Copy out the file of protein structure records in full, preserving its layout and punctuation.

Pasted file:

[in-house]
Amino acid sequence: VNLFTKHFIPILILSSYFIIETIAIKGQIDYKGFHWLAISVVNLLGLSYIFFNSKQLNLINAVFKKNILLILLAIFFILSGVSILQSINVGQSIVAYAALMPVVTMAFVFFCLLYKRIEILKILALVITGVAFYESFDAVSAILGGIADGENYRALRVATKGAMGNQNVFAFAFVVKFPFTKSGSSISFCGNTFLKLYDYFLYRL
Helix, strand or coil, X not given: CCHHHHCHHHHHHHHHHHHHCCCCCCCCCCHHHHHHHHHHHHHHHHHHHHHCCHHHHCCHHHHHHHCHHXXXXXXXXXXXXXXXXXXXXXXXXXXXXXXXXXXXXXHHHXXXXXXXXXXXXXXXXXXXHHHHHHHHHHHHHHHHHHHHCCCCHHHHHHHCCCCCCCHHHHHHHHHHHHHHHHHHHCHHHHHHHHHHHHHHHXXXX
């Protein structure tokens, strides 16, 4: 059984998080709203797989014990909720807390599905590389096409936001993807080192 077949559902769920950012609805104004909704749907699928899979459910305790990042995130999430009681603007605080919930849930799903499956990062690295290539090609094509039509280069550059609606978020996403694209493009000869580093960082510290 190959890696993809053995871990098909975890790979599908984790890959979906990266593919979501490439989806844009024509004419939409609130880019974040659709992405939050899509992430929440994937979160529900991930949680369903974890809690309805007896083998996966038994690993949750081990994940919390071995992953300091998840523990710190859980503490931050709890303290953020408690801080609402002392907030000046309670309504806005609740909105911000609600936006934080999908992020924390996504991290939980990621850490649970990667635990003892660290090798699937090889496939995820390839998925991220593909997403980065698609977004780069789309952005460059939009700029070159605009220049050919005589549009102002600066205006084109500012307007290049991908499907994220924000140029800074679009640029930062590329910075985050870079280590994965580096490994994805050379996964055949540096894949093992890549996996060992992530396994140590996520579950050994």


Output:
[in-house]
Amino acid sequence: VNLFTKHFIPILILSSYFIIETIAIKGQIDYKGFHWLAISVVNLLGLSYIFFNSKQLNLINAVFKKNILLILLAIFFILSGVSILQSINVGQSIVAYAALMPVVTMAFVFFCLLYKRIEILKILALVITGVAFYESFDAVSAILGGIADGENYRALRVATKGAMGNQNVFAFAFVVKFPFTKSGSSISFCGNTFLKLYDYFLYRL
Helix, strand or coil, X not given: CCHHHHCHHHHHHHHHHHHHCCCCCCCCCCHHHHHHHHHHHHHHHHHHHHHCCHHHHCCHHHHHHHCHHXXXXXXXXXXXXXXXXXXXXXXXXXXXXXXXXXXXXXHHHXXXXXXXXXXXXXXXXXXXHHHHHHHHHHHHHHHHHHHHCCCCHHHHHHHCCCCCCCHHHHHHHHHHHHHHHHHHHCHHHHHHHHHHHHHHHXXXX
């Protein structure tokens, strides 16, 4: 059984998080709203797989014990909720807390599905590389096409936001993807080192 077949559902769920950012609805104004909704749907699928899979459910305790990042995130999430009681603007605080919930849930799903499956990062690295290539090609094509039509280069550059609606978020996403694209493009000869580093960082510290 190959890696993809053995871990098909975890790979599908984790890959979906990266593919979501490439989806844009024509004419939409609130880019974040659709992405939050899509992430929440994937979160529900991930949680369903974890809690309805007896083998996966038994690993949750081990994940919390071995992953300091998840523990710190859980503490931050709890303290953020408690801080609402002392907030000046309670309504806005609740909105911000609600936006934080999908992020924390996504991290939980990621850490649970990667635990003892660290090798699937090889496939995820390839998925991220593909997403980065698609977004780069789309952005460059939009700029070159605009220049050919005589549009102002600066205006084109500012307007290049991908499907994220924000140029800074679009640029930062590329910075985050870079280590994965580096490994994805050379996964055949540096894949093992890549996996060992992530396994140590996520579950050994």